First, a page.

After working so hard last year to diminish minority-voting power, the Texas Legislature received two black eyes from Uncle Sam last week.
Federal courts struck down the state’s new redistricting maps for not protecting minority voters or for unfairly discriminating against them. The courts also rejected Texas’ shiny new voter ID law because (shocking!) it made voting more difficult for poor people, who are often minorities.
Of course, the fight is far from over.
Texas Attorney General Greg Abbott and Gov. Rick Perry have already done their outraged Yosemite Sam thing, gesticulating wildly about states’ rights and the evil federal government, etc. The U.S. Supreme Court will have yet another dispute to settle once the appeals come rolling in.
For the time being at least, Texans of color can rest easy come November, when they won’t be ejected from the polls for not having a driver’s license, and the politicians will be elected based on interim redistricting maps rather than the gerrymandered versions.
But the legal system is a fickle mistress.
While Democrats may have praised those court decisions, they’re pissed about two federal rulings against environmental protections. August sucked for Texas Republicans but rocked for some of the state’s biggest polluters.
Federal judges overturned regulations that would have reined in Texas’ coal-fired electrical plant pollution –– which industry folks think is just dandy and environmentalists think is insane.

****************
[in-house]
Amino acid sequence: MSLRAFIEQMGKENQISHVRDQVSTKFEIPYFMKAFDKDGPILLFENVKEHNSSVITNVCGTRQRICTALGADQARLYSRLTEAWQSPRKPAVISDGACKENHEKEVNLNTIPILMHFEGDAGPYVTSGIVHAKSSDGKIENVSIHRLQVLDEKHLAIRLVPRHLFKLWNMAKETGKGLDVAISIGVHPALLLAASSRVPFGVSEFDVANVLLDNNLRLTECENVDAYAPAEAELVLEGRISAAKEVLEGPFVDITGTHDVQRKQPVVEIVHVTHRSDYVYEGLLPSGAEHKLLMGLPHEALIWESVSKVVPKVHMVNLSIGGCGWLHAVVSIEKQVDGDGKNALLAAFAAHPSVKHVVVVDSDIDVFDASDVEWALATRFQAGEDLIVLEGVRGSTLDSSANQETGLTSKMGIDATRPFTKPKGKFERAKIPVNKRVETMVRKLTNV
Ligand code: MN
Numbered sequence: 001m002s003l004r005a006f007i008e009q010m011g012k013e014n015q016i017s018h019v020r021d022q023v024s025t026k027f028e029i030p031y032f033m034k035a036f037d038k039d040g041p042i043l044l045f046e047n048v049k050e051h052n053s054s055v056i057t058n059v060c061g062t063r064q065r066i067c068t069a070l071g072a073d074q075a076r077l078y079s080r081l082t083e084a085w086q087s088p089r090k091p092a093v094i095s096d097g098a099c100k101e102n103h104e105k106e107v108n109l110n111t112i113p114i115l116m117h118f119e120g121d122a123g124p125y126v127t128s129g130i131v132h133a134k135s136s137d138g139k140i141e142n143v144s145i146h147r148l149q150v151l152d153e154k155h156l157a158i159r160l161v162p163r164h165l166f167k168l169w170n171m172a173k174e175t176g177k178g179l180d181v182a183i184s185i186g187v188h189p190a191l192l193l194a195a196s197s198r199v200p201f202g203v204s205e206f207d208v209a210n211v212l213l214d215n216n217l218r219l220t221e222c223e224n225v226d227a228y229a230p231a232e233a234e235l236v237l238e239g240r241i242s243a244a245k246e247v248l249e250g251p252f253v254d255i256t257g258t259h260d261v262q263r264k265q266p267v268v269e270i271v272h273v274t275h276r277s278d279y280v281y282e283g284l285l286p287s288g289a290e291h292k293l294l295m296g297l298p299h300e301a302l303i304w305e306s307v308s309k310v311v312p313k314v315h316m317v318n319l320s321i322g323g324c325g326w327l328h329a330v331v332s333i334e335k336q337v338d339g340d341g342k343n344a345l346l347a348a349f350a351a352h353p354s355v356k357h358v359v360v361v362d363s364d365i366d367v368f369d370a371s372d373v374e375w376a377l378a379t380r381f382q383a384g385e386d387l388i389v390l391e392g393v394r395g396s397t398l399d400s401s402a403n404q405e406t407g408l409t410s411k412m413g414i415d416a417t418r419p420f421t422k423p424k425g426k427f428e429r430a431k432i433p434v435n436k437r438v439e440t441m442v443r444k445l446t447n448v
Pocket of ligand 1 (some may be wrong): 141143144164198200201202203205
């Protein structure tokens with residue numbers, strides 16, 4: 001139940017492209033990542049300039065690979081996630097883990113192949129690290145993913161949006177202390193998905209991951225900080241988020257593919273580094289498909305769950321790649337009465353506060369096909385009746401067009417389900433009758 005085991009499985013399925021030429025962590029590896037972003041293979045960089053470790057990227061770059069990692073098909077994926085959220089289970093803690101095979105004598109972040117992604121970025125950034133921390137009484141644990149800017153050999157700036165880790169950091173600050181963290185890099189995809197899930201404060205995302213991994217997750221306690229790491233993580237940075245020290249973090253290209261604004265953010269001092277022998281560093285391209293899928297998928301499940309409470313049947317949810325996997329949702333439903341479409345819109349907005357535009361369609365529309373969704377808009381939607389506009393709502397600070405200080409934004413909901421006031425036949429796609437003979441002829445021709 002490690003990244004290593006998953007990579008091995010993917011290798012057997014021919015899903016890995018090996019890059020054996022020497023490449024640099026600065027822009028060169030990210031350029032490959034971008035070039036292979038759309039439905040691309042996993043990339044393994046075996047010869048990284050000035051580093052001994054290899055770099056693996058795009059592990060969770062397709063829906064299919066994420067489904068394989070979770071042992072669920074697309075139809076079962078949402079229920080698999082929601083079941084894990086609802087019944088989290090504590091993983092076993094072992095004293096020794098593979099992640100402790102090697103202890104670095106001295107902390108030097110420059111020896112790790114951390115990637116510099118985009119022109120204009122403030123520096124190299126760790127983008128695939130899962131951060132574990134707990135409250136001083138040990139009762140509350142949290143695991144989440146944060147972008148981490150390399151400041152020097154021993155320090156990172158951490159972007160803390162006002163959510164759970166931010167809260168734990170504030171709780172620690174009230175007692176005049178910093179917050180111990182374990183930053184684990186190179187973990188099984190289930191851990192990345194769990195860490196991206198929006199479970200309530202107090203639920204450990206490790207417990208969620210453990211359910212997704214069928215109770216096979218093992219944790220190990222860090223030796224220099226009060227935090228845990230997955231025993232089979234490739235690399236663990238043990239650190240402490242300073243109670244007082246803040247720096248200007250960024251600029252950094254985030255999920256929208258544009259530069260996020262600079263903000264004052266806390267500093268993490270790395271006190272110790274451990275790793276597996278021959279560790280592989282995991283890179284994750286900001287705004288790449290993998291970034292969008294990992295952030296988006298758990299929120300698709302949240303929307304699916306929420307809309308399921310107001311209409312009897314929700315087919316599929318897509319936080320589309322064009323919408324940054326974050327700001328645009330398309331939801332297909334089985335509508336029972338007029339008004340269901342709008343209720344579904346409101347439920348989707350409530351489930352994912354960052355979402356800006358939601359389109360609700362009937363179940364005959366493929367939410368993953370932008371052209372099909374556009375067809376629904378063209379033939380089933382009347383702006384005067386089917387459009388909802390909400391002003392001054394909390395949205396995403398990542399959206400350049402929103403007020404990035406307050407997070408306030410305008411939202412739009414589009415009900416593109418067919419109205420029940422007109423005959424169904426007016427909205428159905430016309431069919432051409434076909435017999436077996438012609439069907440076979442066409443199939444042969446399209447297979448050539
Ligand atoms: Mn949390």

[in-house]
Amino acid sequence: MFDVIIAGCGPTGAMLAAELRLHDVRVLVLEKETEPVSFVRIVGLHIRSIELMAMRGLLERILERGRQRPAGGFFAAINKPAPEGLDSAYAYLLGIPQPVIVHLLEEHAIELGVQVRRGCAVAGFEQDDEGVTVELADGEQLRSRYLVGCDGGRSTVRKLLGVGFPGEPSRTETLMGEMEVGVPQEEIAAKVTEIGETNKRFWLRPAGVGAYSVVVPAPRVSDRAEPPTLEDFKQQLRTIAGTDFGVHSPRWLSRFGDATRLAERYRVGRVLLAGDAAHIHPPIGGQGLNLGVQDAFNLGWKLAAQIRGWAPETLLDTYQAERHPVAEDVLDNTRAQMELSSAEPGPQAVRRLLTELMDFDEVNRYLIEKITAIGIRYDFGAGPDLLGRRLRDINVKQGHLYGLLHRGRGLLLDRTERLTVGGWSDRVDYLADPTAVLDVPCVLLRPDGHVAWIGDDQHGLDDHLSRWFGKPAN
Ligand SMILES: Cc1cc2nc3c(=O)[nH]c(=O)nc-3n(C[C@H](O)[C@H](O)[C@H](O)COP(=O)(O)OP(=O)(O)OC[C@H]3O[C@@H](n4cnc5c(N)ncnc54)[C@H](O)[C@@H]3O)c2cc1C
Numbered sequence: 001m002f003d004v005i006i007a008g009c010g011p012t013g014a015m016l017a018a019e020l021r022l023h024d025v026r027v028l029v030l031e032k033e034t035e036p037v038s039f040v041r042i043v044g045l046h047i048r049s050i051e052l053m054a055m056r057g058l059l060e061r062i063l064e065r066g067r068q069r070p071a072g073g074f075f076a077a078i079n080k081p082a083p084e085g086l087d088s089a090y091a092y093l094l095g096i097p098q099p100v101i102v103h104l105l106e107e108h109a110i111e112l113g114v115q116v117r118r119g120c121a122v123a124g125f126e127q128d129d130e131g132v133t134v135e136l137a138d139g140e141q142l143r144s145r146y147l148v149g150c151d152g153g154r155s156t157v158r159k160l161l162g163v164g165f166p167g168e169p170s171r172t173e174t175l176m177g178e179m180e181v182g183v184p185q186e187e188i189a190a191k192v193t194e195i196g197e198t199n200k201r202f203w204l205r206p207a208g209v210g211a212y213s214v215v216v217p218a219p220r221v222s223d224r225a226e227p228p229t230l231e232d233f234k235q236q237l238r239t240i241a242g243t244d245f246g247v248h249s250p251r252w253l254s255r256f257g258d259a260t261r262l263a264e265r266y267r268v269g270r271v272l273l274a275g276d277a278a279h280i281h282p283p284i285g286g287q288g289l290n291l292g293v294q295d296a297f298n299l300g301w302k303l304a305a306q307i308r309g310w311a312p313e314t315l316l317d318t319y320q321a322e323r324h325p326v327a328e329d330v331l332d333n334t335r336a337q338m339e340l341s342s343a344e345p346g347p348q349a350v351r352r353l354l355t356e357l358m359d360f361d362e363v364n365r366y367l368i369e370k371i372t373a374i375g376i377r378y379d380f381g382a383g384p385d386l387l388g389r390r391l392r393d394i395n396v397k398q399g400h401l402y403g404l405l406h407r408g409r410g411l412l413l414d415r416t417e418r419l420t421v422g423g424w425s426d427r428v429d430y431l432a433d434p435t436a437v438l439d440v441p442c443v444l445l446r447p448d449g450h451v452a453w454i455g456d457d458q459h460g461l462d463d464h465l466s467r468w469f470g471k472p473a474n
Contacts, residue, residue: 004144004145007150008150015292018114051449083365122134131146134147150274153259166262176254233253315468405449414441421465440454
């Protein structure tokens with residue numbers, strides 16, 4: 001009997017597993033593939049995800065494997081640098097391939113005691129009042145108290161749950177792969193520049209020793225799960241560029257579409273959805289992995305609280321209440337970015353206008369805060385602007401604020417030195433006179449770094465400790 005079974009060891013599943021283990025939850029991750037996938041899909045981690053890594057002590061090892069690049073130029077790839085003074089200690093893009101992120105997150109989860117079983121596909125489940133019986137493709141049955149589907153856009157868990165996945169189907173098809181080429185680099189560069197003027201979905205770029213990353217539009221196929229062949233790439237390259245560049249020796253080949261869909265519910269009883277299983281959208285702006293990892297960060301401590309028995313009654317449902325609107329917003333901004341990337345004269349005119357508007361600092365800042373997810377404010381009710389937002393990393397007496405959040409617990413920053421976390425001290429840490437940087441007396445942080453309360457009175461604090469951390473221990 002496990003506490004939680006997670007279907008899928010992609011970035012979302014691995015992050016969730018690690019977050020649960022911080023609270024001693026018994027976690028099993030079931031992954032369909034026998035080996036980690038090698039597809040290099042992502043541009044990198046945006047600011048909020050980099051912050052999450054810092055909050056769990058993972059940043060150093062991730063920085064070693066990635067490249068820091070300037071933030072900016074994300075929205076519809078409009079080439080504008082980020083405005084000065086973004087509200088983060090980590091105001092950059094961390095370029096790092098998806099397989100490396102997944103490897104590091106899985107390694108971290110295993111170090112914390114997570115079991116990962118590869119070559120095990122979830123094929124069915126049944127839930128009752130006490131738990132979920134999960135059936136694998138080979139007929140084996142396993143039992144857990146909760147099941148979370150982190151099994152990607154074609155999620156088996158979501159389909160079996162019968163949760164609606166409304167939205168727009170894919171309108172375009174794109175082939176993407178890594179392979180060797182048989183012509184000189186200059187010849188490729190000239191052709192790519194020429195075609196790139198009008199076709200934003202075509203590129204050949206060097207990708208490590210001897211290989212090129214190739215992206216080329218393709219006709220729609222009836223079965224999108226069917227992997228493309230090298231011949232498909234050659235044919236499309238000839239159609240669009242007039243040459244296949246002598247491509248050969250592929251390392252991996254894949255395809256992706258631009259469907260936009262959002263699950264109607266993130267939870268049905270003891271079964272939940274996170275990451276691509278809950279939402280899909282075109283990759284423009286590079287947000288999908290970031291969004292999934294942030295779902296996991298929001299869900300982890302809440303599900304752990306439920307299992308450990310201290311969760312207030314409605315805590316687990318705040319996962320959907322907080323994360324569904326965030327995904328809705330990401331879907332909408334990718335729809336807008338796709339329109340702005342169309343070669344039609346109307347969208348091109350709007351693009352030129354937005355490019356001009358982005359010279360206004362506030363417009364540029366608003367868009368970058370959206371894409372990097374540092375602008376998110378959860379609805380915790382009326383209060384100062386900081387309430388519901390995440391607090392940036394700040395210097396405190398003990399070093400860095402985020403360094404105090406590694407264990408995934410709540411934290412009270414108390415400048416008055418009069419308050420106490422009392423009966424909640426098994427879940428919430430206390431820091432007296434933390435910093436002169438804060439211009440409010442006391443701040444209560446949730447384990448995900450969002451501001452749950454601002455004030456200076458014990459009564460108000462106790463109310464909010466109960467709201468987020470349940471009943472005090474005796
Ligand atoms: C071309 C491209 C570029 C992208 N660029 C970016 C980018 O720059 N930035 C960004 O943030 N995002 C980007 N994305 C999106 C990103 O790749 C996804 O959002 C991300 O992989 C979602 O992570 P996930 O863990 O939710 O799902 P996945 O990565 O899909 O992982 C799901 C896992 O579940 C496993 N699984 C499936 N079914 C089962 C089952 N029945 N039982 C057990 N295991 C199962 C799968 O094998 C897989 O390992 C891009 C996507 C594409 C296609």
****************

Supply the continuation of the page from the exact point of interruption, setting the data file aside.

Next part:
One court shot down the Environmental Protection Agency’s cross-state air pollution rule, which would have cut down on pollution created in one state and carried over to another by drastically reducing emissions of sulfur dioxide and nitrogen oxides –– the nasty stuff produced by coal-fired plants.
Texas has 19 such plants and more in the works (more than any other state).
Of the nearly two dozen lawsuits Abbott has gleefully filed against the federal government, more than half have been against the EPA. Naturally he was thrilled with this ruling, hailing it “a rebuke to a federal bureaucracy run amok.”
God only knows what victory celebration he held when another court ruled in his favor, decreeing that the EPA had overstepped its bounds by setting “arbitrary and capricious” emissions limits on power plants, thus infringing on the rights of state environmental regulators.
Now state regulators will still have “flexibility” in emission standards.
While the coal companies and energy producers are no doubt feeling good, your average air-breathing human is going to be sucking down just a bit more soot.